“We’ve seen a couple that we’ve been really excited about, but we haven’t found it yet,’’ Jared said. “We don’t want to be moving in five years, 10 years.’’

Goodman, of UMass Dartmouth, and Herbert, of Harvard, both expect the decline in homeownership among young adults to continue for a while before stabilizing. What happens after that will depend on underlying economic conditions and government policy, they said.

Whether the government continues to promote homeownership through incentives, loan guarantees, and first-time buyer programs will have a significant impact, Herbert said.

“At some point we’re going to have to figure out what the government role is going to be going forward,’’ Herbert said. “That will have a big impact on what the cost and availability of mortgages is going to be.’’

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Zephyr Real Estate Launches Online Agent Resource Center

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Zephyr Real Estate continues its advance as the leader in
cutting-edge marketing and technology with the launch of its new
online agent resource center. This internal information repository is
home to updates in sales, marketing, technology, real estate and
tenant law, company news, and market trends. Agents are afforded a
quick, effective and proficient means of managing clients, media,
properties and information.

“This new service provides a nerve center for agents to handle all
aspects of client management from any location,” commented Randall
Kostick, Zephyr’s Chief Operating Officer. “Our top-notch marketing
and technology team continues to keep Zephyr at the forefront.”

The resource center has a friendly and inviting interface and is
smartphone compatible. Agents can manage off-market pocket listings,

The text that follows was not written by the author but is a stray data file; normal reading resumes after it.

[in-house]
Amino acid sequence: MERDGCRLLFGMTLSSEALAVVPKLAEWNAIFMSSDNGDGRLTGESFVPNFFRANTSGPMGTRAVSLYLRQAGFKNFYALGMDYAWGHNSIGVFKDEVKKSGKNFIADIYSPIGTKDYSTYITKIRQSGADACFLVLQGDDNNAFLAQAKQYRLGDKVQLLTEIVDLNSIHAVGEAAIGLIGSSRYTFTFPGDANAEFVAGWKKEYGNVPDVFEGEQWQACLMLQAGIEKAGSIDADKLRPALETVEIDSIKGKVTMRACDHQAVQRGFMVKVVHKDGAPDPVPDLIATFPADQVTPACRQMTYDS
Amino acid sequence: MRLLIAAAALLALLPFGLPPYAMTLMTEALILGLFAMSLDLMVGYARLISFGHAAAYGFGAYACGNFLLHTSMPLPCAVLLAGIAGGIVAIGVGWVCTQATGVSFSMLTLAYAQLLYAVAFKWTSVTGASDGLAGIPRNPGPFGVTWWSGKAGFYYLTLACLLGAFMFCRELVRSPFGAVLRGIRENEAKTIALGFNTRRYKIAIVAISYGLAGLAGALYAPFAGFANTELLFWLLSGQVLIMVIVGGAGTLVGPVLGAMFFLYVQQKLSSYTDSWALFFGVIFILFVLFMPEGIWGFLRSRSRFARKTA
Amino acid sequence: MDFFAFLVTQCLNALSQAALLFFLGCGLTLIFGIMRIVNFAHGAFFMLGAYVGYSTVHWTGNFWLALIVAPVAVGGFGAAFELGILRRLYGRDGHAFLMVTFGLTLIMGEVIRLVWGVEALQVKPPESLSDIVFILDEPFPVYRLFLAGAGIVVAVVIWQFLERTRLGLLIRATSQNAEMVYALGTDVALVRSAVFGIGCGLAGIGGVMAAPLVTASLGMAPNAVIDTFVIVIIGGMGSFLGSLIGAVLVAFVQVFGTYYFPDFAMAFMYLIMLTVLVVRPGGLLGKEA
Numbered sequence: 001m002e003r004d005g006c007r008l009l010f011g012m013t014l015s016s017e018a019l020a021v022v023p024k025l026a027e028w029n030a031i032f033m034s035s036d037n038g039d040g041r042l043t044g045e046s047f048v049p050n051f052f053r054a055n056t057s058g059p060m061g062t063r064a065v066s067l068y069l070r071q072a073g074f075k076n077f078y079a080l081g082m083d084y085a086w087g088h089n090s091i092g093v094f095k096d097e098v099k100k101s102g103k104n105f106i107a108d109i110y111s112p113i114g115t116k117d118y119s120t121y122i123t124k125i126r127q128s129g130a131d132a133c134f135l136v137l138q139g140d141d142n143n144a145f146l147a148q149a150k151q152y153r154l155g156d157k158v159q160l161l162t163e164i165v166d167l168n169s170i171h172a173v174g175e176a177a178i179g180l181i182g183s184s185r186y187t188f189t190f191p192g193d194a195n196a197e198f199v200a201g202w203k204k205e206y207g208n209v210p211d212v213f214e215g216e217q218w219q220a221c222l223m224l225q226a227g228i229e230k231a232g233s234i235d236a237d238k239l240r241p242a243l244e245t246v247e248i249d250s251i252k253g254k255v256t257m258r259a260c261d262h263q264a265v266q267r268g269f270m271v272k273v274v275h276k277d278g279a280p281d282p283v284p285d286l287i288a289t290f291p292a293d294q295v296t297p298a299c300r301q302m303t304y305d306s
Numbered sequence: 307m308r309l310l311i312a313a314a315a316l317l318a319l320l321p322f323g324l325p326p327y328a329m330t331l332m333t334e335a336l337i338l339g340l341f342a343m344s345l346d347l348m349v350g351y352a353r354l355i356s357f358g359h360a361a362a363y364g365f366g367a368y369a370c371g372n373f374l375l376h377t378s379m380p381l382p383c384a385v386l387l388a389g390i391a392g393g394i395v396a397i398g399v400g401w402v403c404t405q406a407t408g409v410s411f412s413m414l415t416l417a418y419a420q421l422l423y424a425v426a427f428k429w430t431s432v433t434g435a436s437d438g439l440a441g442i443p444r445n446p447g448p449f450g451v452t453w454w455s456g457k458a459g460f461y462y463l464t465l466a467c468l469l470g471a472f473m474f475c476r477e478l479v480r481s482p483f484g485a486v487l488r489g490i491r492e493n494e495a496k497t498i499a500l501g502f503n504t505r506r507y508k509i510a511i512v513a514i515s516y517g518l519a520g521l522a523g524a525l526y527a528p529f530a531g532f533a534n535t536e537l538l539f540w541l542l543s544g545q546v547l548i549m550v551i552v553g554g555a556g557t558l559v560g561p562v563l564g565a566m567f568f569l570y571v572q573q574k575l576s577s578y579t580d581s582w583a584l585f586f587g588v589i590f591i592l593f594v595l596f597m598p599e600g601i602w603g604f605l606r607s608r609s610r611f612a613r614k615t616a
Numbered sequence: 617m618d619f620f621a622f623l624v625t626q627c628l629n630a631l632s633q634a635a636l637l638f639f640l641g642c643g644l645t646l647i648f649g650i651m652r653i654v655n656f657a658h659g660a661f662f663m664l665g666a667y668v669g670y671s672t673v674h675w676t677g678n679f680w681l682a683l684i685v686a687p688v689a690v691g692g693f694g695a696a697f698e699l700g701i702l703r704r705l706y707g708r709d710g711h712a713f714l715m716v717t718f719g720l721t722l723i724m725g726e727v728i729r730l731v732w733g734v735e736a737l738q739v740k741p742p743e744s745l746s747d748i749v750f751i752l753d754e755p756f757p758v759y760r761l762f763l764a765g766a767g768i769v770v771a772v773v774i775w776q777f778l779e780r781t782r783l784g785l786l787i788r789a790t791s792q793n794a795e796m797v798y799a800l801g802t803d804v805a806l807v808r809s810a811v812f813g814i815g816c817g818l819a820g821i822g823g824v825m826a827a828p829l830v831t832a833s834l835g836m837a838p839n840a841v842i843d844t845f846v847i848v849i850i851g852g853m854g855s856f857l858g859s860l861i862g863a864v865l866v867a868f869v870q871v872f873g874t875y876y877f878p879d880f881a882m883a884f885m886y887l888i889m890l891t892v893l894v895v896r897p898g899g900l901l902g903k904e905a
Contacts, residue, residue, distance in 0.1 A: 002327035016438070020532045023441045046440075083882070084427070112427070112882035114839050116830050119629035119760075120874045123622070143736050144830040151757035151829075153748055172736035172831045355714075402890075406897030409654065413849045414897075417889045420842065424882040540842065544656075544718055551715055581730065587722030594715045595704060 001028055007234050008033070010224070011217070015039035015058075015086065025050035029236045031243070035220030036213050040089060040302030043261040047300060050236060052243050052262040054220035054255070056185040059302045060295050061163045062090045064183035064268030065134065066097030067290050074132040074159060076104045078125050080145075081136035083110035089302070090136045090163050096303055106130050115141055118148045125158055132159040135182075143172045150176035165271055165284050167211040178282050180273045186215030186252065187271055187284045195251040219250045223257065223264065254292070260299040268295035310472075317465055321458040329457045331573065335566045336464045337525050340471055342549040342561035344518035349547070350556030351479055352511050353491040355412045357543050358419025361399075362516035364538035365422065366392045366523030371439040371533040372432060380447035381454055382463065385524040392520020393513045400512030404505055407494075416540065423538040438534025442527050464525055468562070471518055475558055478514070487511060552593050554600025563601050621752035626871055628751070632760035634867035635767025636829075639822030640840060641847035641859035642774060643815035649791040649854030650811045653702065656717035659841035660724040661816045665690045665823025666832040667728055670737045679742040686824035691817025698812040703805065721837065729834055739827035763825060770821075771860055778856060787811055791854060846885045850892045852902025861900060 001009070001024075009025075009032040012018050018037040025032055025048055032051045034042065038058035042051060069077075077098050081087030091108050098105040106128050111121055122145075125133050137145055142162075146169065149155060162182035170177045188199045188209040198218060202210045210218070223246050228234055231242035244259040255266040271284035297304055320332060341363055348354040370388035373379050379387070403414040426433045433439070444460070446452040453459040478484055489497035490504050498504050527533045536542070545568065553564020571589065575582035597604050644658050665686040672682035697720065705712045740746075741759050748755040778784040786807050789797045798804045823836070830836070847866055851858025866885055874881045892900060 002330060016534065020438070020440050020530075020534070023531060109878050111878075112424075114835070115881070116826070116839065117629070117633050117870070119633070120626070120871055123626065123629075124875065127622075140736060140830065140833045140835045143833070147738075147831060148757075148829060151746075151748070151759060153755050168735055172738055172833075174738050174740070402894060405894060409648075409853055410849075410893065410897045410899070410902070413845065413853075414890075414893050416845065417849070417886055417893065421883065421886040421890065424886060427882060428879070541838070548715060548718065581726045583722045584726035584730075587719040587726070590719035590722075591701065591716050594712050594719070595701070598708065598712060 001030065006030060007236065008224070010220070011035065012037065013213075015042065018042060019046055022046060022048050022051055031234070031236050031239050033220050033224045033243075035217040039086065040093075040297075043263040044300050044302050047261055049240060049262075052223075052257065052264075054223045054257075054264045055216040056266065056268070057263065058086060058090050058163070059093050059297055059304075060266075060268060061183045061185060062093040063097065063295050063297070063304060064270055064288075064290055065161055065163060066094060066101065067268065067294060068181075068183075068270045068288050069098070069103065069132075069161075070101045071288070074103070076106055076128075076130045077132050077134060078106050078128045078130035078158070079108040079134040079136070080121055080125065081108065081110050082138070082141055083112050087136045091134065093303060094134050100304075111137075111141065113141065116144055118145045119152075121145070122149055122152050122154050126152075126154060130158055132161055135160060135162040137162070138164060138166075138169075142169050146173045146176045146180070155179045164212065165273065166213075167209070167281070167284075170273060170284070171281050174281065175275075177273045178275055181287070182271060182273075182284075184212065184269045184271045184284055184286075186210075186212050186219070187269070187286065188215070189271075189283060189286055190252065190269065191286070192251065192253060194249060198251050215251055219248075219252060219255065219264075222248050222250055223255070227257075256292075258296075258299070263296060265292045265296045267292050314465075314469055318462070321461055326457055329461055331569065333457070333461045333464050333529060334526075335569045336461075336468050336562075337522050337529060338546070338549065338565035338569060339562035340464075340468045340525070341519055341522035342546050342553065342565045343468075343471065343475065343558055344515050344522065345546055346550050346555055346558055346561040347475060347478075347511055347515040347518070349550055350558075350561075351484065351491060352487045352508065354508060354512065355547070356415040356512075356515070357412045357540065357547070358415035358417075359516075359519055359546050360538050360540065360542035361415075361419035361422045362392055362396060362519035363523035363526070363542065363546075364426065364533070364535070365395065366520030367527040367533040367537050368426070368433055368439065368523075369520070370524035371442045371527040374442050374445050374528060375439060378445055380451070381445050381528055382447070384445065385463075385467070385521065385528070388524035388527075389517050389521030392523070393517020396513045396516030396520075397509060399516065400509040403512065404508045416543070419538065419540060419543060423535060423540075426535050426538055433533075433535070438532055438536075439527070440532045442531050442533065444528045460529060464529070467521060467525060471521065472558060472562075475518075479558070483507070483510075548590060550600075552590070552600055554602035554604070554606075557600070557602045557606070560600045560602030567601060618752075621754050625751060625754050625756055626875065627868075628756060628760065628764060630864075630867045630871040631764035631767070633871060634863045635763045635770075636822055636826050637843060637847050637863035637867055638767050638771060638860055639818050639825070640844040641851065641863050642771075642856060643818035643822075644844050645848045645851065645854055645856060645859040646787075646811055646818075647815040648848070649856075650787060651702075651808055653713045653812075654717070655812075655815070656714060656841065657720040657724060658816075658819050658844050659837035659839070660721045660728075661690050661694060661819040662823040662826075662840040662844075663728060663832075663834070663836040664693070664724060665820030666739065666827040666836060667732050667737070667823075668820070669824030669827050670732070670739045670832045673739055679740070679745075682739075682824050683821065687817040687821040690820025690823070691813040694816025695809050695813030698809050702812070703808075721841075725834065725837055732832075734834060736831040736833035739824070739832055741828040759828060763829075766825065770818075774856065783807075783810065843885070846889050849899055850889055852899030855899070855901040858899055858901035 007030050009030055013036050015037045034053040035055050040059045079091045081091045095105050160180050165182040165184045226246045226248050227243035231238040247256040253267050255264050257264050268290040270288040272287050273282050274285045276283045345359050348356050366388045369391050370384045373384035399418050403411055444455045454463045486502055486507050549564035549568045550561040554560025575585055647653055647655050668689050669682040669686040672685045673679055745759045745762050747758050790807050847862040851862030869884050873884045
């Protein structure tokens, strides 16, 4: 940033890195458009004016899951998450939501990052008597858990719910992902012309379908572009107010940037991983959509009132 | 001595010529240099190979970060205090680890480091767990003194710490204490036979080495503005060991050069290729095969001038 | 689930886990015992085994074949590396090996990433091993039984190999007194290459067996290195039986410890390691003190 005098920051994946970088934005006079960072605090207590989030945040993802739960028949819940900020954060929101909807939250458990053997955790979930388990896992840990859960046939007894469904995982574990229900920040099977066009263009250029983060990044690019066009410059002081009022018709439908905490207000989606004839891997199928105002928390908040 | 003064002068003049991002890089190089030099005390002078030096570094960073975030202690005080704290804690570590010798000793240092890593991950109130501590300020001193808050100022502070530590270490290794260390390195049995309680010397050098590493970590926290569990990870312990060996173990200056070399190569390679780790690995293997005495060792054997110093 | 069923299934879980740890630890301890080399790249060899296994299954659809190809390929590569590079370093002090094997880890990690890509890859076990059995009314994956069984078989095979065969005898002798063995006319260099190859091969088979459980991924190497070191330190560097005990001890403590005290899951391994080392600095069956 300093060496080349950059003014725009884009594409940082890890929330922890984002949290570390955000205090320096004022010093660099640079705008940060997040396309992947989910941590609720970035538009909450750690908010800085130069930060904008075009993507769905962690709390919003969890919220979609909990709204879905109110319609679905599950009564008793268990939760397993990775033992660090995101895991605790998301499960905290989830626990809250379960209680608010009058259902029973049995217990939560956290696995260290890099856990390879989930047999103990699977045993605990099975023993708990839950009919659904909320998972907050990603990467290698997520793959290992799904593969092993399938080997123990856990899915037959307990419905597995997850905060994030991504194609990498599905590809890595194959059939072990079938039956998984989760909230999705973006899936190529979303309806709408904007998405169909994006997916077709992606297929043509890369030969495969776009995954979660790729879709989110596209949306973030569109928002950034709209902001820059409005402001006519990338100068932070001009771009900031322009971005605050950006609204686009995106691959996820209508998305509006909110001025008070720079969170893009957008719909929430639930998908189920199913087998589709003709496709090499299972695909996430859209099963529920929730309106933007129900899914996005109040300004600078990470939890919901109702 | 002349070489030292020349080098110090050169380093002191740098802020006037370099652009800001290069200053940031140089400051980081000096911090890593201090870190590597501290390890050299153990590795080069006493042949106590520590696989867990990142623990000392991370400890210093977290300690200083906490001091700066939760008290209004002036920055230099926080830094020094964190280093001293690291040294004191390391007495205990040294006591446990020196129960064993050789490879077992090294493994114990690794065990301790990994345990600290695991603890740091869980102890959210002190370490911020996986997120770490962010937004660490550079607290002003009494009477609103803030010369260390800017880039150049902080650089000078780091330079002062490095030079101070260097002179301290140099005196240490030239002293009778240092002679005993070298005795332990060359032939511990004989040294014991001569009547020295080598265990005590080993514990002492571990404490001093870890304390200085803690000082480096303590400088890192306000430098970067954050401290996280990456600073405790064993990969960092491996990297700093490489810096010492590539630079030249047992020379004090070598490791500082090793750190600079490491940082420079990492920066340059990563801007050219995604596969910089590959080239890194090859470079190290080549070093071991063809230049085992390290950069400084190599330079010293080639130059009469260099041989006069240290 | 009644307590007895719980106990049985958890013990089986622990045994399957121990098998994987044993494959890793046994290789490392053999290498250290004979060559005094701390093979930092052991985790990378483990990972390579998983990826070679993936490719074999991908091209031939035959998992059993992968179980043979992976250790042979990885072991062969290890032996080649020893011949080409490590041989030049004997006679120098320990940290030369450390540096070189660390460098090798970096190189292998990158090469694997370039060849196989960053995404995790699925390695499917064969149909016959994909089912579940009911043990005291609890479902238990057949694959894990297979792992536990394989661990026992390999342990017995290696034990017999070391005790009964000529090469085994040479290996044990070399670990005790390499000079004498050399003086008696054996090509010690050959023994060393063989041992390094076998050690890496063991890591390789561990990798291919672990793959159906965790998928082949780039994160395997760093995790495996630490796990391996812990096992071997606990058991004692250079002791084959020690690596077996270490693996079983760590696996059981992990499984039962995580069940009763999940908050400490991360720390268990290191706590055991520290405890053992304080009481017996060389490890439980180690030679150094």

clients and internet leads, and intra-company communications with
ease and facility. The search and review process for service
professionals, from artists and photographers to plumbers and
remodeling contractors, is convenient and comprehensive.

“Our goal was to streamline the user interface with simple,
straightforward design for quick use while maintaining the
professional look and feel that is Zephyr’s trademark,” stated Melody
Foster, Zephyr’s Director of Marketing and Web Development.

The center’s library is a permanent resource containing training
videos, neighborhood maps, professional development tools, relocation
materials and information on social and digital media, and a wealth
of pragmatic options.

“The on-demand training video library is an ongoing process always
expanding to include new technology, online resources and how they
affect business,” added Hud Bixler, Director of Technology. “We’re
always looking forward to the next new wave of innovation.”

About Zephyr Real Estate
Founded in 1978, Zephyr Real Estate is San
Francisco’s largest independent real estate firm with $1 billion in
gross sales in 2011 and a current roster of more than 200 full-time
agents. In 2010, Zephyr launched its new website, which has earned
three web design awards, including the prestigious WebAward for
Outstanding Website from the Web Marketing Association. Zephyr Real
Estate is a member of the international relocation network, Leading
Real Estate Companies of the World; the luxury real estate network,
Who’s Who in Luxury Real Estate; and the local luxury marketing
association, the Luxury Marketing Council of San Francisco. Zephyr
has six strategically located offices in San Francisco, a business
center in Marin County, and serves a large customer base throughout
the San Francisco Bay Area. For more information, visit .

        Melody Foster
        Zephyr Real Estate
        San Francisco, CA
        Email Contact

SOURCE: Zephyr Real Estate

Copyright 2012 Marketwire, Inc., All rights reserved.

Young and ready to buy first home

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Brandon Bianchet is about to fulfill a lifelong goal he’s had since he was just a 10-year-old boy in Pitt Meadows – which really wasn’t all that long ago.